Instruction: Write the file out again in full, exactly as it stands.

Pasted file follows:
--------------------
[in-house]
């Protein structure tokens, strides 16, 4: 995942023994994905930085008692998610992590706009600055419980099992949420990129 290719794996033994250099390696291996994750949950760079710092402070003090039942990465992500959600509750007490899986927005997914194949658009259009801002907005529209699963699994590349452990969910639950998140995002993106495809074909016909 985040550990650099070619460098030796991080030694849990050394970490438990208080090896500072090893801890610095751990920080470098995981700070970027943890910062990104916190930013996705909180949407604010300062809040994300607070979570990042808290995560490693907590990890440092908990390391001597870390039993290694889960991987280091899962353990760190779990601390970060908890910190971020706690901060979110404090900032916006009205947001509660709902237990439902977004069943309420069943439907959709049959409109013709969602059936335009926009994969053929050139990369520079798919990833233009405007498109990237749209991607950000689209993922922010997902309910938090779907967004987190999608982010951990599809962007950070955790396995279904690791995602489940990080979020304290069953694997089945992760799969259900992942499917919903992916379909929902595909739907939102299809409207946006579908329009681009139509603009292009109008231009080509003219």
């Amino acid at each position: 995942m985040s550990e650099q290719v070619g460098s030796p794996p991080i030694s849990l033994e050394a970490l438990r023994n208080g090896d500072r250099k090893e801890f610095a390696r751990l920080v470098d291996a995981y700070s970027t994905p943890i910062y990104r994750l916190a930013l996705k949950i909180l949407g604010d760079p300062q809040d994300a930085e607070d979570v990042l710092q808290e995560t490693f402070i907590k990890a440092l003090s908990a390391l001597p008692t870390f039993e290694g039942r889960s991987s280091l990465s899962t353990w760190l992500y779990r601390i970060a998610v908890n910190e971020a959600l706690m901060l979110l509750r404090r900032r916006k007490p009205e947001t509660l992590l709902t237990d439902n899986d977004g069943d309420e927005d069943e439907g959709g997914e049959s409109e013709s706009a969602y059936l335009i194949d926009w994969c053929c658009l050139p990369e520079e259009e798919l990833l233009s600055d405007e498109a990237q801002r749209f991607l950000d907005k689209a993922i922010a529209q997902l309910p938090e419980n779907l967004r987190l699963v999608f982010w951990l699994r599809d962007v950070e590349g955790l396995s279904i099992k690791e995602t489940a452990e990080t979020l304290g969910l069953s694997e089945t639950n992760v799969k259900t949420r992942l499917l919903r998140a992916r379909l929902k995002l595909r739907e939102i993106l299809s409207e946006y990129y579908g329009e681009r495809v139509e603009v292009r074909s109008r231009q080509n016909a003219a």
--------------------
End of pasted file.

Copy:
[in-house]
């Protein structure tokens, strides 16, 4: 995942023994994905930085008692998610992590706009600055419980099992949420990129 290719794996033994250099390696291996994750949950760079710092402070003090039942990465992500959600509750007490899986927005997914194949658009259009801002907005529209699963699994590349452990969910639950998140995002993106495809074909016909 985040550990650099070619460098030796991080030694849990050394970490438990208080090896500072090893801890610095751990920080470098995981700070970027943890910062990104916190930013996705909180949407604010300062809040994300607070979570990042808290995560490693907590990890440092908990390391001597870390039993290694889960991987280091899962353990760190779990601390970060908890910190971020706690901060979110404090900032916006009205947001509660709902237990439902977004069943309420069943439907959709049959409109013709969602059936335009926009994969053929050139990369520079798919990833233009405007498109990237749209991607950000689209993922922010997902309910938090779907967004987190999608982010951990599809962007950070955790396995279904690791995602489940990080979020304290069953694997089945992760799969259900992942499917919903992916379909929902595909739907939102299809409207946006579908329009681009139509603009292009109008231009080509003219």
């Amino acid at each position: 995942m985040s550990e650099q290719v070619g460098s030796p794996p991080i030694s849990l033994e050394a970490l438990r023994n208080g090896d500072r250099k090893e801890f610095a390696r751990l920080v470098d291996a995981y700070s970027t994905p943890i910062y990104r994750l916190a930013l996705k949950i909180l949407g604010d760079p300062q809040d994300a930085e607070d979570v990042l710092q808290e995560t490693f402070i907590k990890a440092l003090s908990a390391l001597p008692t870390f039993e290694g039942r889960s991987s280091l990465s899962t353990w760190l992500y779990r601390i970060a998610v908890n910190e971020a959600l706690m901060l979110l509750r404090r900032r916006k007490p009205e947001t509660l992590l709902t237990d439902n899986d977004g069943d309420e927005d069943e439907g959709g997914e049959s409109e013709s706009a969602y059936l335009i194949d926009w994969c053929c658009l050139p990369e520079e259009e798919l990833l233009s600055d405007e498109a990237q801002r749209f991607l950000d907005k689209a993922i922010a529209q997902l309910p938090e419980n779907l967004r987190l699963v999608f982010w951990l699994r599809d962007v950070e590349g955790l396995s279904i099992k690791e995602t489940a452990e990080t979020l304290g969910l069953s694997e089945t639950n992760v799969k259900t949420r992942l499917l919903r998140a992916r379909l929902k995002l595909r739907e939102i993106l299809s409207e946006y990129y579908g329009e681009r495809v139509e603009v292009r074909s109008r231009q080509n016909a003219a």